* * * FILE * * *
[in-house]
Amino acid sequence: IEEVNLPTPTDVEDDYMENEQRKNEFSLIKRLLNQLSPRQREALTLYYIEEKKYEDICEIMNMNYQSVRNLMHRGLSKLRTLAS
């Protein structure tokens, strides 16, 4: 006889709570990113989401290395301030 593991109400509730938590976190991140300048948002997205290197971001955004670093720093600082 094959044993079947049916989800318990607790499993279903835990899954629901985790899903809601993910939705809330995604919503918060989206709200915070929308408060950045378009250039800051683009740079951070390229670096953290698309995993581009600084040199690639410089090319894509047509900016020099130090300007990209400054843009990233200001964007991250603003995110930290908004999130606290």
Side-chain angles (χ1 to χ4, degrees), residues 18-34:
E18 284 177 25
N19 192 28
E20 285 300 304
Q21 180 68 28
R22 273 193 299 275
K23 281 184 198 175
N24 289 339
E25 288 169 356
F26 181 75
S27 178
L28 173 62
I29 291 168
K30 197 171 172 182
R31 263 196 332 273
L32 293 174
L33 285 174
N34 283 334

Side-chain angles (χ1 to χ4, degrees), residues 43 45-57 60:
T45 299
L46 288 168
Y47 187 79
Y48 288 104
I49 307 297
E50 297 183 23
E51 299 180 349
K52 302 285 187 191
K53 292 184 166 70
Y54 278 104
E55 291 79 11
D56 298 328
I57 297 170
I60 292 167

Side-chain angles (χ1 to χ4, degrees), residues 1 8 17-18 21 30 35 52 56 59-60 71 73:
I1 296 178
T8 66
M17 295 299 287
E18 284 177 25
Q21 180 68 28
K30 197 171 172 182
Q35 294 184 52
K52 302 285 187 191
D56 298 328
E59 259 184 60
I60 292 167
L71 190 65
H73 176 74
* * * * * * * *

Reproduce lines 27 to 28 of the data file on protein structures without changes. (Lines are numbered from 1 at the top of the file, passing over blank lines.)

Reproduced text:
I49 307 297
E50 297 183 23